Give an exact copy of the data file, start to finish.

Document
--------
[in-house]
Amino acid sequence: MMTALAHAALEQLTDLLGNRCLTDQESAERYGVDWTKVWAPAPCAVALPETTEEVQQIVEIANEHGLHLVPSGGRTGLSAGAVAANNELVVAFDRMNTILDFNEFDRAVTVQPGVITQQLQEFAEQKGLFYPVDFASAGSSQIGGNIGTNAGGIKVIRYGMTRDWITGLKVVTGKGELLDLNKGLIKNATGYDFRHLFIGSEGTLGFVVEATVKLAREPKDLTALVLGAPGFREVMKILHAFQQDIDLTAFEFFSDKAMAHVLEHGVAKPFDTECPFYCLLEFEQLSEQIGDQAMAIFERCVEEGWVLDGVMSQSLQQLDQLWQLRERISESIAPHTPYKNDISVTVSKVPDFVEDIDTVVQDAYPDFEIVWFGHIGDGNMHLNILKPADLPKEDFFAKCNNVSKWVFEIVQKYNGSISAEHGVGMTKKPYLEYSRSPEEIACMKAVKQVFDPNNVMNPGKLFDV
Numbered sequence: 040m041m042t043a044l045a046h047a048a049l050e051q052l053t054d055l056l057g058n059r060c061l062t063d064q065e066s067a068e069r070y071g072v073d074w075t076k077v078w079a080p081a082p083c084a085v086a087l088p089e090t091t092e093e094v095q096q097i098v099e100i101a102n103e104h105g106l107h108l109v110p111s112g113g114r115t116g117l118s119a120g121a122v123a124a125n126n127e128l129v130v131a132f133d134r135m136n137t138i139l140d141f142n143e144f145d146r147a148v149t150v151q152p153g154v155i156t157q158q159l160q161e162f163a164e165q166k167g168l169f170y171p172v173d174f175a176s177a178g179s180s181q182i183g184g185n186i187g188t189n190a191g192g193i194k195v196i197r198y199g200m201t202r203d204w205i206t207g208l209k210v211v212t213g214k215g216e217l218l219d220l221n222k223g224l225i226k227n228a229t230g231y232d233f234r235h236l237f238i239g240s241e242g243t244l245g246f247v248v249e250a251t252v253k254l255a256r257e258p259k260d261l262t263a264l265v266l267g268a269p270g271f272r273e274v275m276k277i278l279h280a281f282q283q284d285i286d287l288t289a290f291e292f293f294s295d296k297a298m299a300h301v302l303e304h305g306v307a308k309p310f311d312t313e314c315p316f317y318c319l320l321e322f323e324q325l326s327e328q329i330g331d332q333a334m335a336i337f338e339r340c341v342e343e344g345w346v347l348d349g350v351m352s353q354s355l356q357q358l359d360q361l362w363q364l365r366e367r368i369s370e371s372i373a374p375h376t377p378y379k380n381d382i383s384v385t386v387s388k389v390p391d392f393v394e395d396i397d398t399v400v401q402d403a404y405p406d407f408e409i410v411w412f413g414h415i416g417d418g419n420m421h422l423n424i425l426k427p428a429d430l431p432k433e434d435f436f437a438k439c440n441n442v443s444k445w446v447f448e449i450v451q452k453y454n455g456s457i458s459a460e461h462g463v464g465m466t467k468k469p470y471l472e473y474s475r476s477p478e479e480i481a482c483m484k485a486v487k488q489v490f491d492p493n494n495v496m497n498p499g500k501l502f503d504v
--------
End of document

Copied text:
[in-house]
Amino acid sequence: MMTALAHAALEQLTDLLGNRCLTDQESAERYGVDWTKVWAPAPCAVALPETTEEVQQIVEIANEHGLHLVPSGGRTGLSAGAVAANNELVVAFDRMNTILDFNEFDRAVTVQPGVITQQLQEFAEQKGLFYPVDFASAGSSQIGGNIGTNAGGIKVIRYGMTRDWITGLKVVTGKGELLDLNKGLIKNATGYDFRHLFIGSEGTLGFVVEATVKLAREPKDLTALVLGAPGFREVMKILHAFQQDIDLTAFEFFSDKAMAHVLEHGVAKPFDTECPFYCLLEFEQLSEQIGDQAMAIFERCVEEGWVLDGVMSQSLQQLDQLWQLRERISESIAPHTPYKNDISVTVSKVPDFVEDIDTVVQDAYPDFEIVWFGHIGDGNMHLNILKPADLPKEDFFAKCNNVSKWVFEIVQKYNGSISAEHGVGMTKKPYLEYSRSPEEIACMKAVKQVFDPNNVMNPGKLFDV
Numbered sequence: 040m041m042t043a044l045a046h047a048a049l050e051q052l053t054d055l056l057g058n059r060c061l062t063d064q065e066s067a068e069r070y071g072v073d074w075t076k077v078w079a080p081a082p083c084a085v086a087l088p089e090t091t092e093e094v095q096q097i098v099e100i101a102n103e104h105g106l107h108l109v110p111s112g113g114r115t116g117l118s119a120g121a122v123a124a125n126n127e128l129v130v131a132f133d134r135m136n137t138i139l140d141f142n143e144f145d146r147a148v149t150v151q152p153g154v155i156t157q158q159l160q161e162f163a164e165q166k167g168l169f170y171p172v173d174f175a176s177a178g179s180s181q182i183g184g185n186i187g188t189n190a191g192g193i194k195v196i197r198y199g200m201t202r203d204w205i206t207g208l209k210v211v212t213g214k215g216e217l218l219d220l221n222k223g224l225i226k227n228a229t230g231y232d233f234r235h236l237f238i239g240s241e242g243t244l245g246f247v248v249e250a251t252v253k254l255a256r257e258p259k260d261l262t263a264l265v266l267g268a269p270g271f272r273e274v275m276k277i278l279h280a281f282q283q284d285i286d287l288t289a290f291e292f293f294s295d296k297a298m299a300h301v302l303e304h305g306v307a308k309p310f311d312t313e314c315p316f317y318c319l320l321e322f323e324q325l326s327e328q329i330g331d332q333a334m335a336i337f338e339r340c341v342e343e344g345w346v347l348d349g350v351m352s353q354s355l356q357q358l359d360q361l362w363q364l365r366e367r368i369s370e371s372i373a374p375h376t377p378y379k380n381d382i383s384v385t386v387s388k389v390p391d392f393v394e395d396i397d398t399v400v401q402d403a404y405p406d407f408e409i410v411w412f413g414h415i416g417d418g419n420m421h422l423n424i425l426k427p428a429d430l431p432k433e434d435f436f437a438k439c440n441n442v443s444k445w446v447f448e449i450v451q452k453y454n455g456s457i458s459a460e461h462g463v464g465m466t467k468k469p470y471l472e473y474s475r476s477p478e479e480i481a482c483m484k485a486v487k488q489v490f491d492p493n494n495v496m497n498p499g500k501l502f503d504v